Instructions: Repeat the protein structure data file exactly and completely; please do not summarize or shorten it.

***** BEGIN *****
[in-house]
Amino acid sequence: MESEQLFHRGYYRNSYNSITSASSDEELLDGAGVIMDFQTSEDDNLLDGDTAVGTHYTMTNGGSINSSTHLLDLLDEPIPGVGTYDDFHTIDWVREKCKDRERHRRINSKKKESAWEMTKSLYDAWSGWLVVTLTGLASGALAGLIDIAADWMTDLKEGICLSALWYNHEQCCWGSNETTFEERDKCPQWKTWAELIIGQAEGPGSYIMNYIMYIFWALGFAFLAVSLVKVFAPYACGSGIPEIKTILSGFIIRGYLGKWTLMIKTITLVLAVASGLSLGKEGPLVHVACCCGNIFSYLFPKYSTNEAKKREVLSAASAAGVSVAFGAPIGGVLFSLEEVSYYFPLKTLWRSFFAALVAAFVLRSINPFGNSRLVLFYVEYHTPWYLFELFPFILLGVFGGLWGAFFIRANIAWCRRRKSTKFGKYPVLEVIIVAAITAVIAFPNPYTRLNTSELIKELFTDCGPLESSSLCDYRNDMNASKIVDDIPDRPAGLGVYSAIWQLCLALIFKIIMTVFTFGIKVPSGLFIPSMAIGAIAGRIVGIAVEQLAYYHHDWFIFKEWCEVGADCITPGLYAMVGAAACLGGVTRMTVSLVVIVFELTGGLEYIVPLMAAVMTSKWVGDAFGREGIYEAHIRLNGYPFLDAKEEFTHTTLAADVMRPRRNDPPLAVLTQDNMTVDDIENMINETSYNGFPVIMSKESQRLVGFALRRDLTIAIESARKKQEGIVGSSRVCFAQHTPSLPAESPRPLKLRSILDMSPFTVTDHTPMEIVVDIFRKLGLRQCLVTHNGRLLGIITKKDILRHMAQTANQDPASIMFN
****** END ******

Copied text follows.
[in-house]
Amino acid sequence: MESEQLFHRGYYRNSYNSITSASSDEELLDGAGVIMDFQTSEDDNLLDGDTAVGTHYTMTNGGSINSSTHLLDLLDEPIPGVGTYDDFHTIDWVREKCKDRERHRRINSKKKESAWEMTKSLYDAWSGWLVVTLTGLASGALAGLIDIAADWMTDLKEGICLSALWYNHEQCCWGSNETTFEERDKCPQWKTWAELIIGQAEGPGSYIMNYIMYIFWALGFAFLAVSLVKVFAPYACGSGIPEIKTILSGFIIRGYLGKWTLMIKTITLVLAVASGLSLGKEGPLVHVACCCGNIFSYLFPKYSTNEAKKREVLSAASAAGVSVAFGAPIGGVLFSLEEVSYYFPLKTLWRSFFAALVAAFVLRSINPFGNSRLVLFYVEYHTPWYLFELFPFILLGVFGGLWGAFFIRANIAWCRRRKSTKFGKYPVLEVIIVAAITAVIAFPNPYTRLNTSELIKELFTDCGPLESSSLCDYRNDMNASKIVDDIPDRPAGLGVYSAIWQLCLALIFKIIMTVFTFGIKVPSGLFIPSMAIGAIAGRIVGIAVEQLAYYHHDWFIFKEWCEVGADCITPGLYAMVGAAACLGGVTRMTVSLVVIVFELTGGLEYIVPLMAAVMTSKWVGDAFGREGIYEAHIRLNGYPFLDAKEEFTHTTLAADVMRPRRNDPPLAVLTQDNMTVDDIENMINETSYNGFPVIMSKESQRLVGFALRRDLTIAIESARKKQEGIVGSSRVCFAQHTPSLPAESPRPLKLRSILDMSPFTVTDHTPMEIVVDIFRKLGLRQCLVTHNGRLLGIITKKDILRHMAQTANQDPASIMFN